> So URLMapBuilder needs the entire configuration file passed in, along 
> with the name of the section it is building.  It then reads some keys, 
> and builds some named applications, and creates an application that 
> delegates based on patterns.  That's the kind of configuration file I 
> could really use.

Maybe one other (less flexible, but declaratively configurable and
simpler to code) way to do this might be by canonizing the idea of
"decision middleware", allowing one component in an otherwise static
pipeline to decide which is the "next" one by executing a Python
expression which runs in a context that exposes the WSGI environment.

factory = leonardo.wsgifactory
config = myblog.conf

factory = statview

factory = proxy

cms = environ['PATH_INFO'].startswith('/cms')
statview = environ['PATH_INFO'].startswith('/statview')
blog = environ['PATH_INFO'].startswith('/blog')

statview.log_location = /var/logs/apache2
cms.location = http://localhost:8080
cms.map = / /cms.php

apps = urlmapper

> Of course, if I really wanted this I could implement:
> [application:configurable]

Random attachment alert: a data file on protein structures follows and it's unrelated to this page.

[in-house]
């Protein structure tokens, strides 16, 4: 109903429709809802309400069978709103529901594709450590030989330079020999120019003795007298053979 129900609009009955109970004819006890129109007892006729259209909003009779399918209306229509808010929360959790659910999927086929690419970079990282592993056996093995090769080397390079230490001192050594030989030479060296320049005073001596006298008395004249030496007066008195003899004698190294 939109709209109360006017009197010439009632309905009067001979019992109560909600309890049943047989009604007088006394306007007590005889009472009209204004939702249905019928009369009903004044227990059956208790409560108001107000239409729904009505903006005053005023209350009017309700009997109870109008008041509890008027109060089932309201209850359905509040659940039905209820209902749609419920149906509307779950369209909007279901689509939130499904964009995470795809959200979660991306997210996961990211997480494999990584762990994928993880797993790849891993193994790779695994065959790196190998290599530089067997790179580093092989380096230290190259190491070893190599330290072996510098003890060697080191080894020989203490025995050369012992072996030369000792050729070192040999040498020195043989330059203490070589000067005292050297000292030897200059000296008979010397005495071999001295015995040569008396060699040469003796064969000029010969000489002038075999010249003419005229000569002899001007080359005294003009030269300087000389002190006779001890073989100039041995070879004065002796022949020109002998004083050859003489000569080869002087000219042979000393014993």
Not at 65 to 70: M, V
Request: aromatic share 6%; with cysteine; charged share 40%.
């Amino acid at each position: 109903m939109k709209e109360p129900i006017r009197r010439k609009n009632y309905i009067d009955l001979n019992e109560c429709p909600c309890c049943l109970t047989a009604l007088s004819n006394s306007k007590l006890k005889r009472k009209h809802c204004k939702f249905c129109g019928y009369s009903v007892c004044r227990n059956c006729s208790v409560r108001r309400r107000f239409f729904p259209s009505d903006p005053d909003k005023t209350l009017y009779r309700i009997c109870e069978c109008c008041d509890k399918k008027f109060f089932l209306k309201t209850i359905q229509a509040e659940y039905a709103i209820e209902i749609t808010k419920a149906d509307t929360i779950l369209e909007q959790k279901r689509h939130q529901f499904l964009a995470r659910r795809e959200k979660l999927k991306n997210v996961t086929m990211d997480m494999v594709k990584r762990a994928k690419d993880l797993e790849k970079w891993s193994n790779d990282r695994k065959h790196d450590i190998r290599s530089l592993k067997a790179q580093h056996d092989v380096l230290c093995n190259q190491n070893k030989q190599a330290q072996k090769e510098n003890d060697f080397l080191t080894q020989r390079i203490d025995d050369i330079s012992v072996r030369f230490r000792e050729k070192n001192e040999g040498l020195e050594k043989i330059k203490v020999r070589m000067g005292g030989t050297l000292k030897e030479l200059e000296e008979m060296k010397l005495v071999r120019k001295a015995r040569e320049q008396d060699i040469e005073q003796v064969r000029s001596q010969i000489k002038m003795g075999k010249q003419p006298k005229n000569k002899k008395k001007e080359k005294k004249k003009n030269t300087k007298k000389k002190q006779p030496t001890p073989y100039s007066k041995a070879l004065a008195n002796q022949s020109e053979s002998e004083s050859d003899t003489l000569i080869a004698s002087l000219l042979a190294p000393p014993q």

> factory = paste.configurable_pipeline
> conf = abetterconffile.conf
> But then the configuration file becomes a dummy configuration, and no 
> one else gets to use my fancier middleware with the normal configuration 
> file.

> >  - Pipeline deployment configuration should be used only to configure
> >    essential information about pipeline and individual pipeline
> >    components.  Where complex service data configuration is necessary,
> >    the component which implements a service should provide its own
> >    external configuration mechanism.  For example, if an XSL service
> >    is implemented as a WSGI component, and it needs configuration
> >    knobs of some kind, these knobs should not live within the WSGI
> >    pipeline deployment file.  Instead, each component should have its